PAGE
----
Lighting Design: Three Techniques

By Raymond Thompson

1. Accentuate the Positive

columns and stage

Photo: Nadine Froger

This year the California Science Center’s 16th annual gala coincided with the opening of its latest exhibit – Pompeii: The Exhibition. Christina Sion, vice president of food and event services, partnered with the center’s neighboring venue — the Los Angeles Memorial Coliseum — to transform the entrance of the Coliseum into the garden area of a Pompeiian villa for dinner.

The space itself was the star, and to be sure it got top billing, Images’ lighting designer Lonnie Thompson artfully accentuated it with lighting. He and his team spent a lot of time choosing appropriate colors and texture that would complement the space. In the end, he created a lighting design in tones of amber, red and blue to light the main arch and side arches of the impressive arched entrance. The main stage was lighted in shades of pink and blue and the inner archway directly behind it glowed softly in reds and blues as guests arrived. It was all about augmenting the original aesthetic but pushing the colors to emphasize the architecture.

2. An Old-School Digital Effect


Photo: Gabor Ekecs

Lighting designer Curt Stahl has worked on the Golden Globes HBO after-party for many years with designer Billy Butchkavitz. While it is always held at the Beverly Hills Hilton, there are always different themes and challenges. This year, for the Liberace-inspired theme (based on the HBO Golden Globe winner Behind the Candelabra), one challenge was a decrease in the amount of digital video to be used on the event space’s main wall. This year, video mapping would only added at the end wall to provide a more kinetic feel to the event that included various branding for the client, candle-scapes and chandelier imagery to tie in the overall theme.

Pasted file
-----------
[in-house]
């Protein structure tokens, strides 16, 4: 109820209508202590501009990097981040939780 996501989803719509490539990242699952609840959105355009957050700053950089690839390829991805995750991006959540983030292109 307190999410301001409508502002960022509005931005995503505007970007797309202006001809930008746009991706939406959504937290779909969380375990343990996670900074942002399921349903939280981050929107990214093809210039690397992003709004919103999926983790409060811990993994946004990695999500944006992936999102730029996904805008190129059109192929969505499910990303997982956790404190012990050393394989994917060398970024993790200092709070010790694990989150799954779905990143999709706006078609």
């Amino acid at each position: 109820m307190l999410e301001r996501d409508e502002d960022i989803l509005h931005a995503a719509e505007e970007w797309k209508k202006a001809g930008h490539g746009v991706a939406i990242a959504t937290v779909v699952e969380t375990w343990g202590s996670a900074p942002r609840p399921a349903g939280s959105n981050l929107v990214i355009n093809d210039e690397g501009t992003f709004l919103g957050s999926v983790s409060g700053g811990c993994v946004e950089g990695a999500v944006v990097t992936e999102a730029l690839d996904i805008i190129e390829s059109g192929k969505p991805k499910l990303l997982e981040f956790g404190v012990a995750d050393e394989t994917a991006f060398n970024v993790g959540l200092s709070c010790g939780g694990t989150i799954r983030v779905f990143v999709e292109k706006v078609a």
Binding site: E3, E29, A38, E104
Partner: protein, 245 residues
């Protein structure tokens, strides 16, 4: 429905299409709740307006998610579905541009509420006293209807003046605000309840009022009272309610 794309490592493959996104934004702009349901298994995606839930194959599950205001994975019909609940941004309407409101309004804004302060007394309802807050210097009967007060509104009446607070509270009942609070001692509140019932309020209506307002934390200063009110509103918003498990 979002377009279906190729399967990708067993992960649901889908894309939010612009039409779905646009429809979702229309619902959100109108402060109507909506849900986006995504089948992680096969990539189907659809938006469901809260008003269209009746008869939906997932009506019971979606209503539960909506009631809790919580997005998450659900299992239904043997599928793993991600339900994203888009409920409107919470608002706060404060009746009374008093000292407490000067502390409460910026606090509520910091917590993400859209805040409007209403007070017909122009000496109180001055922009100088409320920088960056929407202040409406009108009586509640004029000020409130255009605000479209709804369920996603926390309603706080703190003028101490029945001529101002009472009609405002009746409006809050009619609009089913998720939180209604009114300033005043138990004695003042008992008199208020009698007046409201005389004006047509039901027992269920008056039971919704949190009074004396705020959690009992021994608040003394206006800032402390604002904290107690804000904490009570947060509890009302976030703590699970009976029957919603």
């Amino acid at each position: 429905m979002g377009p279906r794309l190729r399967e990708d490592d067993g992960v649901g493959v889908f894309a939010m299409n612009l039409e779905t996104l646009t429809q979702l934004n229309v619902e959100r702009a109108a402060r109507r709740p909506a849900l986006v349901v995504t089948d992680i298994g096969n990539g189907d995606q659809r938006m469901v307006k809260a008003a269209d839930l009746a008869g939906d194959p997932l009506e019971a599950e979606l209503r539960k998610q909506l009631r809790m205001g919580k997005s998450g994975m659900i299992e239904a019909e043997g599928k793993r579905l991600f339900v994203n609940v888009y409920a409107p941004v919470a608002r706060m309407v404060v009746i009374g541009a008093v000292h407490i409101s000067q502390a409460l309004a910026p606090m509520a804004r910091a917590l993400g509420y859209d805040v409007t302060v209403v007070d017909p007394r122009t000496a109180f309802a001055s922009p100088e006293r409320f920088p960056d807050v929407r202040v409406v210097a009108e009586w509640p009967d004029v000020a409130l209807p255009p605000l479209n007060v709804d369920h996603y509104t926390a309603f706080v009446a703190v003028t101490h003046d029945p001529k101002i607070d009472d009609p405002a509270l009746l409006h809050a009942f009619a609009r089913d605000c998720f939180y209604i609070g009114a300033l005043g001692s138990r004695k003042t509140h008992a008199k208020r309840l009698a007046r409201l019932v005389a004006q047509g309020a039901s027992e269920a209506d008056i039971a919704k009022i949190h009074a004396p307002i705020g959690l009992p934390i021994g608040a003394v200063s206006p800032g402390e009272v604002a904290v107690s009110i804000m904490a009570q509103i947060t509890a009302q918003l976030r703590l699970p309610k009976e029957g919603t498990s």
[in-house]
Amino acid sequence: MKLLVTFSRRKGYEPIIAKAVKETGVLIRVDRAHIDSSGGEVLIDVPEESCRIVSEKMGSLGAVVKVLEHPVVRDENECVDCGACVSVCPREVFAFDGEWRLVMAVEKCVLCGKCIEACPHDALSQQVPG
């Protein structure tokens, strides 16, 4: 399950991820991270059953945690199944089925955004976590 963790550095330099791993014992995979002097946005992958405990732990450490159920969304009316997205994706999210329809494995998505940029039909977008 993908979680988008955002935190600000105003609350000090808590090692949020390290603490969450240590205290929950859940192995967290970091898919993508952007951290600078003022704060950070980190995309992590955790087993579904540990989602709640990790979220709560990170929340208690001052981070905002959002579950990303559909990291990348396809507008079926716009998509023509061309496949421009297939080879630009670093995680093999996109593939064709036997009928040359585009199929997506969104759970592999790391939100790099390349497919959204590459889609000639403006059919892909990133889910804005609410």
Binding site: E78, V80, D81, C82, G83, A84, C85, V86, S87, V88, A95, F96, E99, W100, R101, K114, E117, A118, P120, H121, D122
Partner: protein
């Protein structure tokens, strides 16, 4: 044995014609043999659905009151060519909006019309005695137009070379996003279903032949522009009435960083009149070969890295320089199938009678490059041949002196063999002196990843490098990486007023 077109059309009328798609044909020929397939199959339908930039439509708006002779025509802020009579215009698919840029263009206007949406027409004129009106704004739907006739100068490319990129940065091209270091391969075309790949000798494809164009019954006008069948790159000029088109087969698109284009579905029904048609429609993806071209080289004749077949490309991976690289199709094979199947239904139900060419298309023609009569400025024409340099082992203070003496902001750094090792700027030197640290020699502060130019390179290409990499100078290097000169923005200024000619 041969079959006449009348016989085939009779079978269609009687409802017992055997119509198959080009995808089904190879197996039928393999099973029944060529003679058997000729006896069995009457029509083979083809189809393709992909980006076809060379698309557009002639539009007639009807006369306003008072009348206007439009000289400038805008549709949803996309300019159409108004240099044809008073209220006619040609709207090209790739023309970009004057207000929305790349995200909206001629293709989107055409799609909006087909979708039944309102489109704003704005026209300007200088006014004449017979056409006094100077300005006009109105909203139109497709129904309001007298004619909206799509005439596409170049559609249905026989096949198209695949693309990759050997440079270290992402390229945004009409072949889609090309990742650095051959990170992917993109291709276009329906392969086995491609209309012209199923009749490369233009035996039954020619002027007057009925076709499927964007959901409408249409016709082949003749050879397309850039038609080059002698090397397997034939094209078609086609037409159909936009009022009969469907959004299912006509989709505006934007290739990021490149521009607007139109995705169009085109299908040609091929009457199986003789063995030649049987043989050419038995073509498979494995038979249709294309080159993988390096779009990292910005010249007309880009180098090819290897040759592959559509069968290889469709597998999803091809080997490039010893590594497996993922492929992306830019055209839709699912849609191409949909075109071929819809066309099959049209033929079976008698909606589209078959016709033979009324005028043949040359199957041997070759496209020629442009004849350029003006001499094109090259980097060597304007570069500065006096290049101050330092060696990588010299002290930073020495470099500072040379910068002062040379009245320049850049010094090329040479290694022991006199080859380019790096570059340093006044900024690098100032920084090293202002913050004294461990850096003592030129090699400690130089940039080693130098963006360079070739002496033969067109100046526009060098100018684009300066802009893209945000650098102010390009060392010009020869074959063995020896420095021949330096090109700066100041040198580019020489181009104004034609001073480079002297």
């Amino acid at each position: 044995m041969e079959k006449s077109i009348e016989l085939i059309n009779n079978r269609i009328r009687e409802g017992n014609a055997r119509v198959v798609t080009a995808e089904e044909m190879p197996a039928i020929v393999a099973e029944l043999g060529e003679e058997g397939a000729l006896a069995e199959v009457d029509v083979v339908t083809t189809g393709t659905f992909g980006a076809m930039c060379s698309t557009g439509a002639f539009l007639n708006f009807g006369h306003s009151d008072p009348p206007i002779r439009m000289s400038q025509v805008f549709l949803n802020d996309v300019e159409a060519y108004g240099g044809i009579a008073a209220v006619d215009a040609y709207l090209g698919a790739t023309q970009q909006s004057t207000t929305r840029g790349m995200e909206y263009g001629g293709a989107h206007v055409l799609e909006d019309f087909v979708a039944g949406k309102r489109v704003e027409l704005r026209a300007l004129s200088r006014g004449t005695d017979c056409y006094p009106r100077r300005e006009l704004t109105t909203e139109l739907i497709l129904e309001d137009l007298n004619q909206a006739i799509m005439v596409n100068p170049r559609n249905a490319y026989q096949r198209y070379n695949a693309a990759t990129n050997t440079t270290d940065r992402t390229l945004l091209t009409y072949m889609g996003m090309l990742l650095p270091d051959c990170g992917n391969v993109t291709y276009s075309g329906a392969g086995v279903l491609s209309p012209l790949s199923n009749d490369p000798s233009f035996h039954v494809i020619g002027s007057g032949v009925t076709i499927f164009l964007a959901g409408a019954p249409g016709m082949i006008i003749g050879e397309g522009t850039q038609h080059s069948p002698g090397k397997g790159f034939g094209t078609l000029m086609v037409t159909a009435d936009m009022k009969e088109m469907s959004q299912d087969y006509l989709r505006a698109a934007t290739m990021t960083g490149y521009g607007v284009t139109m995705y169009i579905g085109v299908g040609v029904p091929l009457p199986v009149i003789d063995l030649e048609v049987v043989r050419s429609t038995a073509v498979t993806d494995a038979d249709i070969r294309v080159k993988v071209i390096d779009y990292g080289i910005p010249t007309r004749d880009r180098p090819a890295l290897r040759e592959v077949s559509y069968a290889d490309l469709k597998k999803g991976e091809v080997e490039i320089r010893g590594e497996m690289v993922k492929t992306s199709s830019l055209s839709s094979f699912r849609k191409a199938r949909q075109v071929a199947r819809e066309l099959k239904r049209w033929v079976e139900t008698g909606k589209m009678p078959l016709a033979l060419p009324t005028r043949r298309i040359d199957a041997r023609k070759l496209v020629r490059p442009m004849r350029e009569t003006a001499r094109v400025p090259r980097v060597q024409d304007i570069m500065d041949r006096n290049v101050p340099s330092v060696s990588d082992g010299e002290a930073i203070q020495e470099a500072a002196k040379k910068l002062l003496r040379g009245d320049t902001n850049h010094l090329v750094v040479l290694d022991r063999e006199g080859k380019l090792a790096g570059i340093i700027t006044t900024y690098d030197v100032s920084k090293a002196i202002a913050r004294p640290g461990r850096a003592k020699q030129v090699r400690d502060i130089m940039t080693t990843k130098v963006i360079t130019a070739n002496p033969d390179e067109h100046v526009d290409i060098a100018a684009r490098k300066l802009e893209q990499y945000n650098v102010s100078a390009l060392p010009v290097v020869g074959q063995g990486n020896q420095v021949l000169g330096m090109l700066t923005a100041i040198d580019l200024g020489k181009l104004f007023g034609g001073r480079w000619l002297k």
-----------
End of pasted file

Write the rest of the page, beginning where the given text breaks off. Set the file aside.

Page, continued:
Yet, the designer still wanted the feeling of mapping. In lieu of it, Stahl created the big wall visual using conventional lighting; several gobo rotators created a solid projection of overlapping moving damask texture. It was certainly unique, in this day and age of high-tech, to actually go old school and recreate a look by using old technology, but of course it worked beautifully!

The same approach was taken with the HBO logo. Stahl used automated fixtures to project the logo, overlapping it with MAC III projectors that have branding capabilities. Much time was spent time ensuring they were lined up exactly so that it looked like a single image. This created a more intense image, and served as a great backup if needed.

3. Hide it in Plain Sight


Photo: Steven Lam Photography

And last, my favorite lighting technique — dressing it up! With more al fresco weddings and events being held in wide, open spaces, the first thing that I have to think of as lighting designer is how I’ll light that space without showing all the gear. At this wedding reception, Santa Barbara-based wedding planner Alexandra Kolendrianos asked me to make it cozy and intimate, but with no tent. And she wanted chandeliers.

To create rigging point, we created an architectural truss structure — a series of 20-by-20-foot rooms, 15 feet high. All spots as well as ambient lighting fixtures to light the bar, the walkway and dance floor were installed on 12-inch box truss that was then sleeved with a cream-colored fabric by Designing Life. Chandeliers were flown at the cross sections.

No matter where you sat in the structure, you had a good seat. And that’s what all these techniques are about. To all of the lighting designers at Images, great lighting is about what you can’t see as much as what you can!

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Ray Thompson is a co-owner and lighting designer of Images, a lighting design firm based in Los Angeles.

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